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The question is, considering

  • The vector space $\mathcal{P}_3(\mathbb{R})$ of the polynomials with real coefficients of degree $\leq$ 3
  • The inner product defined by $\left<p,q\right>=\int_{-1}^{1}pq$

how to find a basis for the orthogonal complement of the space spanned by $\{x-1, x^2+3\}$?

I tried making $$\int_{-1}^{1}(x-1)p(x)=0$$ and $$\int_{-1}^{1}(x^2+3)p(x)=0,$$ which gave me the spanning sets $\{x^3+\frac{1}{5}, x^2-\frac{1}{3}, x+\frac{1}{3}\}$ and $\{x^3, x^2-\frac{9}{25}, x\}$ respectively. Then I think we may determine a basis for the intersection os these subspaces, but didn't see how.

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Let $\textsf{W}=\operatorname{span}(\{x-1,x^2+3\})$ be the subspace of $\textsf{P}_3(\mathbb R)$. Then $p(x)\in \textsf{W}^\perp$ if and only if $$\langle p(x),x-1\rangle=\int_{-1}^1 p(x)(x-1)dx=0$$ $$\langle p(x),x^2+3\rangle=\int_{-1}^1 p(x)(x^2+3)dx=0$$ at the same time, since $\{x-1,x^2+3\}$ is a basis for $\textsf{W}$. Let $p(x)=a_3x^3+a_2x^2+a_1x+a_0$ for some scalars $a_0,a_1,a_2,a_3$. Then, the two above equations are equivalent to $$\left\{\begin{align} -2a_0+\frac{2}{3}a_1-\frac{2}{3}a_2+\frac{2}{5}a_3=0 \\ \frac{20}{3}a_0+\frac{12}{5}a_2=0 \end{align}\right.$$ (after perform every integral) and solving this last system gives us $$a_2=-\frac{25}{9}a_0, \qquad a_3=\frac{10}{27}a_0-\frac{5}{3}a_1$$ Making $a_0=t$ and $a_1=s$, we can guarantee that $$\begin{align} \textsf{W}^\perp&=\left\{ \left(\frac{10}{27}t-\frac{5}{3}s\right)x^3-\frac{25}{9}tx^2+sx+t:\, s,t\in \mathbb R\right\} \\ &=\operatorname{span}\left(\left\{ \frac{10}{27}x^3-\frac{25}{9}x^2+1,-\frac{5}{3}x^3+x \right\}\right) \end{align}$$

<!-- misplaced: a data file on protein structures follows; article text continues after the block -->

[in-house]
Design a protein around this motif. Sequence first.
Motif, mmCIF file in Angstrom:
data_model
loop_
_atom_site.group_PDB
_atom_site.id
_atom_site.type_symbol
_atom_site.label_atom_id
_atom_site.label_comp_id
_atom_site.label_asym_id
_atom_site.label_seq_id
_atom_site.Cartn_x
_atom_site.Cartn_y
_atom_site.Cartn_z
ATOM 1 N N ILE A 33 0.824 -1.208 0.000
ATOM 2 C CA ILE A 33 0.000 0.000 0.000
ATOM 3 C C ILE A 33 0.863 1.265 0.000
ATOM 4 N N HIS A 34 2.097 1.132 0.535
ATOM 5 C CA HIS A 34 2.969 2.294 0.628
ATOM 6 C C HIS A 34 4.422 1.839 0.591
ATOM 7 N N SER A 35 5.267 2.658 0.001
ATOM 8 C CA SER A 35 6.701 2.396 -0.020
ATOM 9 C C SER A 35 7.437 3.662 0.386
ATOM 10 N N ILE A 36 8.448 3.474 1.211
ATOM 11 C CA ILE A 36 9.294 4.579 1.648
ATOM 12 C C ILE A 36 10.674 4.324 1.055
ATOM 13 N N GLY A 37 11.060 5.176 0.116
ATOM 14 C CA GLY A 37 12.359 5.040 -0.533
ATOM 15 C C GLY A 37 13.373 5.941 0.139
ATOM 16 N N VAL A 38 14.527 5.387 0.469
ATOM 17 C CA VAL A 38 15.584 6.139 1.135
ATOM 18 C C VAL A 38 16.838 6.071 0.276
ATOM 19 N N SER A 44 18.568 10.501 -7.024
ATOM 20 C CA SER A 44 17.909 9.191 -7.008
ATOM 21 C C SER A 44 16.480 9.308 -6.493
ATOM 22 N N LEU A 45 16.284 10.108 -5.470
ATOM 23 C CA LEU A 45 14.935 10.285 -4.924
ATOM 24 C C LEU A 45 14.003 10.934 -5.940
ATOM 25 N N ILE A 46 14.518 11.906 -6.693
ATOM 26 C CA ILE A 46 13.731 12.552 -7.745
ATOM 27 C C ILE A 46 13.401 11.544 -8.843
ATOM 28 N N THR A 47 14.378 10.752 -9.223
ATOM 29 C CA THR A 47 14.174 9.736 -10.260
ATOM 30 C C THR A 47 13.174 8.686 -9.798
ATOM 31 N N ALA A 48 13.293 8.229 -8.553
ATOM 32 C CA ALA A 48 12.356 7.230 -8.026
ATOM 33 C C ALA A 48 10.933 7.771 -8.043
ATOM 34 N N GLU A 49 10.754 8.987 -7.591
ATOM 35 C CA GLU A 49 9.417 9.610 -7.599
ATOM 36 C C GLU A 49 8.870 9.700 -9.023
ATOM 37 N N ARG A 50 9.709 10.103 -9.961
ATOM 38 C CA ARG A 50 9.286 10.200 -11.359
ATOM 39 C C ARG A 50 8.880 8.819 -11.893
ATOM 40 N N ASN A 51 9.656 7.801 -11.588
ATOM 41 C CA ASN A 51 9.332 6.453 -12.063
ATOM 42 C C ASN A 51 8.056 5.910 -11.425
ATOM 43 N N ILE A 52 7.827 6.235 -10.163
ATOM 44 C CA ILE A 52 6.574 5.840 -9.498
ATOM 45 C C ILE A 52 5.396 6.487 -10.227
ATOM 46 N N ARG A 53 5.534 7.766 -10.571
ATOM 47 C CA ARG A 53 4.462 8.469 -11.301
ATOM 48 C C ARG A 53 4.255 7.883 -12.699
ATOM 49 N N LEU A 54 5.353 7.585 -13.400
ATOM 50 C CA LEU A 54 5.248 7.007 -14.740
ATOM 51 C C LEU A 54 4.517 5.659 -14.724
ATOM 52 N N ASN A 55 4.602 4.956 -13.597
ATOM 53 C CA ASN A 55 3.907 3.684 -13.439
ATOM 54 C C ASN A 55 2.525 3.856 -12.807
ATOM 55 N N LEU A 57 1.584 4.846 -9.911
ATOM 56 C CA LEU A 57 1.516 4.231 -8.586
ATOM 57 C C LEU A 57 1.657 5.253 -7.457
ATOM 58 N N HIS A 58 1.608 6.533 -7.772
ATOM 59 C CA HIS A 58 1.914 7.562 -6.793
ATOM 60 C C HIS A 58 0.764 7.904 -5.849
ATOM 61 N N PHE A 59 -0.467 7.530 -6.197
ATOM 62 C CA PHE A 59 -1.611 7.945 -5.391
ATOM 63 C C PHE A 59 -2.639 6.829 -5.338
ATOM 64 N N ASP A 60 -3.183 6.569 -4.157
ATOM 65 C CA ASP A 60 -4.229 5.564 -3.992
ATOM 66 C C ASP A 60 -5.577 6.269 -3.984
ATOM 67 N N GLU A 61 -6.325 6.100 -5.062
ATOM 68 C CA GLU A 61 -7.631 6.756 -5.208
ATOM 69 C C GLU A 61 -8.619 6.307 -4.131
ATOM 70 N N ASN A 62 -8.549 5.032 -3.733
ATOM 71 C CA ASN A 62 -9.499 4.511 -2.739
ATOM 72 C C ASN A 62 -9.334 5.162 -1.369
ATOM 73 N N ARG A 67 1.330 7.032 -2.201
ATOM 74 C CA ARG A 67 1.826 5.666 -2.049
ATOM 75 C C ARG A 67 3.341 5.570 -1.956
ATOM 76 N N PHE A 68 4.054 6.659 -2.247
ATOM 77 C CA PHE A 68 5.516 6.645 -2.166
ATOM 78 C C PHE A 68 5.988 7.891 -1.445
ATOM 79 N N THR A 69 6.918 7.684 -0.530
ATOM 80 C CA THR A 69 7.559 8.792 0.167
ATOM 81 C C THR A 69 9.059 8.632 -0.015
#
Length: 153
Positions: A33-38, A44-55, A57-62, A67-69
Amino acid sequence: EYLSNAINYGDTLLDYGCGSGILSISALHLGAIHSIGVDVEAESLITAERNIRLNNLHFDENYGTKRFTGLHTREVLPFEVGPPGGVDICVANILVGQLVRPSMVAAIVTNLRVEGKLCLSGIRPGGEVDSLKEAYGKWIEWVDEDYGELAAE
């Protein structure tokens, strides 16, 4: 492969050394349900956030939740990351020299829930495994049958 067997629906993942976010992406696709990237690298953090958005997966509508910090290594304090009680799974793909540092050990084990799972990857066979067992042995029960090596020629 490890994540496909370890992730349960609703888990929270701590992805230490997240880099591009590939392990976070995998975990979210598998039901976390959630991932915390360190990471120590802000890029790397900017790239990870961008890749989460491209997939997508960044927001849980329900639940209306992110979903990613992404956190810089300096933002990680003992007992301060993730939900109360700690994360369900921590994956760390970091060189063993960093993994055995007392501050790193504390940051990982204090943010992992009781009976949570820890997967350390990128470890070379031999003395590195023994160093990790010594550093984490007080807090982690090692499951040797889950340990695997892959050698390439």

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Write a linear combination of one of the spanning spaces, such as $$ ax^3 + b\left(x^2-\frac{9}{25}\right) + cx $$ and take the inner product with the other polynomial (in this case $x-1$). Set it equal to zero and solve for $c$, then plug it back into the above expression and collect terms proportional to $a$ and $b$ to get a spanning set orthogonal to both.

You could also use the Gram-Schmidt process on the basis $\{x - 1, x^2 + 3, 1, x^3\}$ (the last two vectors are arbitrary elements of the complement of the span of $\{x-1,x^2+3\}$). At the end of the process, the last two vectors will be an orthogonal basis for the the orthogonal complement of the span of the first two.

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You are looking for two linearly independent polynomials such that $$\int_{-1}^{1}(x-1)p(x)=0$$ and $$\int_{-1}^{1}(x^2+3)p(x)=0$$

Assuming $$p(x)= a+bx+cx^2+dx^3$$ we get $$\int_{-1}^{1}(x-1)p(x)=-2a+(2/3)b-(2/3)c+(2/5)d=0$$ and $$\int_{-1}^{1}(x^2+3)p(x)dx= (20/3)a+(12/5)c=0$$

The polynomials $$(3/2)x-(5/2)x^3$$ and $$(-1/2)+(3/2)x^2$$ satisfy the orthogonality conditions.

Thus you may choose the $$\{ 3x-5x^3, -1+3x^2\} $$ as your basis.

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